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Mammalian Respiratory Systems - TeacherWeb-ag


									       UNIT 12
Introduction, Digestive, Circulatory,
     and Respiratory Systems
     (Chapters 40, 41, and 42)
                                Stratified              Tightly
                                = multiple layers       packed

                                       = single layer

                                                        Connective Tissue
                                                          Sparse in
                                                          extracellular matrix
Ca, Mg, P

                                                         Collagen Fibers=
                                                         Nonelastic/tensil strength
                                                         Elastic Fibers =
                             Tendons = Muscle  Bone     Reticular Fiber =
              Holds organs
                             Ligaments = Bone  Bone     Joins to Tissues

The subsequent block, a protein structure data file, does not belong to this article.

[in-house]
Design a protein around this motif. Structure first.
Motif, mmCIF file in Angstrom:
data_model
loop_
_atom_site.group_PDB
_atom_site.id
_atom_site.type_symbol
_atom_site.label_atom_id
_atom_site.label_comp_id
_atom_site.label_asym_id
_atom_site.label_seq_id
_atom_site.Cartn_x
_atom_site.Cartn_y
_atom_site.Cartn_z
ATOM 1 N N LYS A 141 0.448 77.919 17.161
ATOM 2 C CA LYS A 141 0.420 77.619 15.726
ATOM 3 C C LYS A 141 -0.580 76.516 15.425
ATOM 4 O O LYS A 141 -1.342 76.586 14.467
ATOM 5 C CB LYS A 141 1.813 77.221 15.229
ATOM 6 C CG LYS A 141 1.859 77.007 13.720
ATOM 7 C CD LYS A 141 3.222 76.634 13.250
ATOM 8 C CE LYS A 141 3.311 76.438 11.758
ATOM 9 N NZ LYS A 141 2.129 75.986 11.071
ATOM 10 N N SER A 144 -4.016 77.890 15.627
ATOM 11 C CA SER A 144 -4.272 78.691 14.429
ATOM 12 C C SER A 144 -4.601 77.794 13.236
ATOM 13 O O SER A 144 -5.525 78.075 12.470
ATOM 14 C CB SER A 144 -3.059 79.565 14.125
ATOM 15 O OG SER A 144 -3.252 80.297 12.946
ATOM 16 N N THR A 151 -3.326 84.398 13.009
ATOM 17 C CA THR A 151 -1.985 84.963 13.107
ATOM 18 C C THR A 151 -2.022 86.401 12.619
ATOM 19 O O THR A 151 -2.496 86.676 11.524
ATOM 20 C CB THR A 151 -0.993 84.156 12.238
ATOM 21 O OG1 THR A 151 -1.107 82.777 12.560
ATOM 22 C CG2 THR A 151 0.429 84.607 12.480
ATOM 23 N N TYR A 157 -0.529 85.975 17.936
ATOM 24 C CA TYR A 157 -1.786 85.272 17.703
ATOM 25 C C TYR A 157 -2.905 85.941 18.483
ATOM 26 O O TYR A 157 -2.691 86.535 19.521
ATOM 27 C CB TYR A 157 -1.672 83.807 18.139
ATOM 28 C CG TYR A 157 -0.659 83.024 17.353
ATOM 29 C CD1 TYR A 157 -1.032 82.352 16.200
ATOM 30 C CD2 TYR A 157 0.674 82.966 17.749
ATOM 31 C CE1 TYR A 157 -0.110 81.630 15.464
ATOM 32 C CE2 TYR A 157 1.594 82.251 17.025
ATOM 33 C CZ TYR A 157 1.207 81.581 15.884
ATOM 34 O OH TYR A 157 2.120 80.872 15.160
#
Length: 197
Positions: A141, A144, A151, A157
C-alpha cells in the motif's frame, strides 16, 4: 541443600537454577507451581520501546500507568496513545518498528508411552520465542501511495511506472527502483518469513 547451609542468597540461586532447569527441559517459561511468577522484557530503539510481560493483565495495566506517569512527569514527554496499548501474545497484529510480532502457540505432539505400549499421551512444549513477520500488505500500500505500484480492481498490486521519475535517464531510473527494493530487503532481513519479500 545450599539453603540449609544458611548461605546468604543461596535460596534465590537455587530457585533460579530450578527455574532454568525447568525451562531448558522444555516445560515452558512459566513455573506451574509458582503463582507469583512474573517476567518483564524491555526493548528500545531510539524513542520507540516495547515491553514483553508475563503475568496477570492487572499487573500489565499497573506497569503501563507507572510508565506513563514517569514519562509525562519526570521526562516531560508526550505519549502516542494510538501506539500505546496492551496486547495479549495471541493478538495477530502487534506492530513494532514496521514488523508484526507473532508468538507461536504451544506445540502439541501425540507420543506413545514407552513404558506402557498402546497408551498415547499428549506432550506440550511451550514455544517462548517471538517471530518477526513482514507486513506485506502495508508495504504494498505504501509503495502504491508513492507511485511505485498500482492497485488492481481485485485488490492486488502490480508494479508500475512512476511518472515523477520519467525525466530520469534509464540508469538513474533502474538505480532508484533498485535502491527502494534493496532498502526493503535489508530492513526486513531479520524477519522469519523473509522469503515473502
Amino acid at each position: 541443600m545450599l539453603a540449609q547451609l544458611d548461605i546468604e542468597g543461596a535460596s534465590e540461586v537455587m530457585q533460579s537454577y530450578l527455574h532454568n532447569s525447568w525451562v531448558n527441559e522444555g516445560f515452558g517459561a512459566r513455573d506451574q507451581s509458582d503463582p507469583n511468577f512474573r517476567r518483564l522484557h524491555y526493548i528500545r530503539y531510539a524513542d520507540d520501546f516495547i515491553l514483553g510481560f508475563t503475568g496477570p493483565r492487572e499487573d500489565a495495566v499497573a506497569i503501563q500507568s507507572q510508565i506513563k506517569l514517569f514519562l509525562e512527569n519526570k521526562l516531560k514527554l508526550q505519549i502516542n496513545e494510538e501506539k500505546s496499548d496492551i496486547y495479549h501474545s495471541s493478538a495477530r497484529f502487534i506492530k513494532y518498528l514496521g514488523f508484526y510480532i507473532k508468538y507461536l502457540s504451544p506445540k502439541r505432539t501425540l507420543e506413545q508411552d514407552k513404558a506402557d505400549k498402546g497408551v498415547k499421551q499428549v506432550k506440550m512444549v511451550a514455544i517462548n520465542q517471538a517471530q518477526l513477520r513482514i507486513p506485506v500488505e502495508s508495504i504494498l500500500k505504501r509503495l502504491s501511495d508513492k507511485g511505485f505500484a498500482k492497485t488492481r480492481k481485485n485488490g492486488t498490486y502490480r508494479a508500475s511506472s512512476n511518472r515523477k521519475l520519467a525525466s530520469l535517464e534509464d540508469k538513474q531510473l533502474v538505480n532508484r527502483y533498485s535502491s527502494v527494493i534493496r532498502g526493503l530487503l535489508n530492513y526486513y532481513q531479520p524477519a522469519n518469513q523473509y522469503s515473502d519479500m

In place
                                    Nervous Tissue

                                                             Muscle Tissue
                                                                Long “Contracting” Cells/ Fibers

                                Heart Contraction
Voluntary Movements

                      Involuntary Activities
                      Walls of Digestive Tract, Bladder, Arteries, etc.
 Biofeedback Circuits
Negative Feedback =
The change in the variable being monitored triggers the
control mechanism to counteract further change in the same direction

                 1. Receptor (detects change)

                 2. Control Center
                 (processes information)

                                      3. Effector
Positive Feedback =
A change in a variable that triggers
mechanisms that amplify the change

                   Child Birth

   Pressure of baby’s head on Uterus Contractions 
   + Pressure  More Contractions
Bioenergetics of an Animal